12 July 2015
A History of Henryton
by Mary Ann Ashcraft
Although the name “Henryton” no longer means much to Carroll Countians, there is a lot of interesting history associated with it, as both a hospital and a tiny village located in the extreme southeastern corner of the county.
Henry Devries, a local landowner during the mid-nineteenth century, gave his name to a scattering of roughly eleven houses located near the B&O (now CSX) Railroad tracks. It had one store. Residents made their living farming, trapping, selling pulpwood, and working in local feldspar, flint, and soapstone quarries. This was a largely overlooked rural area along the Patapsco River.
The Historical Society owns a memoir written by an unidentified man who lived in Henryton between 1919 and 1928, a time of tremendous transition. In 1919, there were no paved roads and the most direct route to the movie theater in Sykesville was to follow the B&O tracks – four miles each way. In 1960, he recalled those walks. “What is a four mile walk on a warm, mild summer night, beneath a sky of dark blue velvet, studded with jewel-like twinkling stars? Or, a four-mile walk on a crisp, cold winter night when the ground is blanketed with a light covering of snow, and with a full moon shining so brightly that it is possible to see for a great distance.”
By 1928, the roads around Henryton were paved and other significant changes had occurred because the State of Maryland built a large tuberculosis hospital there in 1922/23 to serve its African American population. During the early part of the twentieth century, the incidence of TB among Maryland’s blacks was nearly four times higher than among whites. In that period of “separate but equal” treatment of the races, even hospitals were segregated. The institution was usually known as the Henryton Tuberculosis Sanatorium.
The writer reminisced about the changes the hospital brought. “The immediate area around Henryton, where once the night silence was broken only by the cheerful chirping of crickets, and the guttural calls of ancient bull-frogs, is now broken by the hissing of steam, and clanking machinery in the boiler house at the railroad crossing. Here, after nightfall, the only light to be seen was the feeble rays cast by kerosene lamps through the windows of the three houses that stood here [along the tracks]. Now…all that has changed. The soft, velvety blackness of night is pierced by myriad electric light bulbs from the boiler house at the crossing, and the brightly lighted hospital on the hill above the railroad.”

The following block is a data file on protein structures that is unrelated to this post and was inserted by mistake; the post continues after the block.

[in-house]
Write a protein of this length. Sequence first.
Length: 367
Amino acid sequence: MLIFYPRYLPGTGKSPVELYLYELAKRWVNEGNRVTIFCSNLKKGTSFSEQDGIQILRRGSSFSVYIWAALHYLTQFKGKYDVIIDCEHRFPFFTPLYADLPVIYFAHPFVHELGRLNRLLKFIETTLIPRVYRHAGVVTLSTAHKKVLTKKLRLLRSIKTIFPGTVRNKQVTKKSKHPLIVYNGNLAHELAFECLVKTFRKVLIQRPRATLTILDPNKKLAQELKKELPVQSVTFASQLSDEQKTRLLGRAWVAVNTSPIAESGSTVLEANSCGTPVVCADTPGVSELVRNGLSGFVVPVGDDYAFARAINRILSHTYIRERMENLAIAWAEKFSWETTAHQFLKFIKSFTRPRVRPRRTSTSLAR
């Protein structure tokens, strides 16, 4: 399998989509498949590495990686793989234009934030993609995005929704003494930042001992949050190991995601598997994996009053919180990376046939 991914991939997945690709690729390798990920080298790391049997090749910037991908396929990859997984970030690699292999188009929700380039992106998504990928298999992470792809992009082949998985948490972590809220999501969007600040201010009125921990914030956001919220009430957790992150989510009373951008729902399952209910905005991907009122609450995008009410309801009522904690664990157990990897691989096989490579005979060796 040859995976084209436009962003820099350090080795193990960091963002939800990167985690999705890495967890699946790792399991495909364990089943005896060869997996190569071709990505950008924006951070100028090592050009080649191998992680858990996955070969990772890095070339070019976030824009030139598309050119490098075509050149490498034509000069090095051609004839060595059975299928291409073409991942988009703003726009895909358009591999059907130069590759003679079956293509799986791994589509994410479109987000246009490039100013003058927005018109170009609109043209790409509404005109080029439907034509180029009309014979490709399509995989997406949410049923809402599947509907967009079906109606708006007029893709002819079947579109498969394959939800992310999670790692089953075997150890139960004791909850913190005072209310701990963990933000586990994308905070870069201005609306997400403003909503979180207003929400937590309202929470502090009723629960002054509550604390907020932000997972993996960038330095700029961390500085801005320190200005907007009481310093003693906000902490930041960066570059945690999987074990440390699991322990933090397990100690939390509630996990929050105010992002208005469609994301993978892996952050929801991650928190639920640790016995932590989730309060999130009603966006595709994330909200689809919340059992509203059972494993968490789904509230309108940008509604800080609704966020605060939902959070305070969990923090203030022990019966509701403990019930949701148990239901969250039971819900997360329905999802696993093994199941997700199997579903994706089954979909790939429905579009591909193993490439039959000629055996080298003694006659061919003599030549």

The hospital complex grew steadily from its original six buildings and a utility plant. By 1946, there were eighteen buildings with a capacity of 500 patients, but the incidence of TB had dropped, so many of the newer buildings were never fully utilized. It closed its doors about 1960, and re-opened in 1962/63 as a center to treat severely and profoundly retarded ambulatory adults. That closed in 1985, and the buildings were never used again. Time and vandalism took their tolls, and by 2011 the complex was in a “deplorable state.” It is now demolished.
Mary Ann Ashcraft is a library volunteer at the Historical Society of Carroll County.
Photo credit: Submitted photo
Photo caption: A Maryland Historical Trust marker along Henryton Road at the former entrance to the Henryton State Hospital Center/Henryton Tuberculosis Sanatorium is all that remains of an 18-building complex originally constructed for African American tuberculosis patients in the 1920s.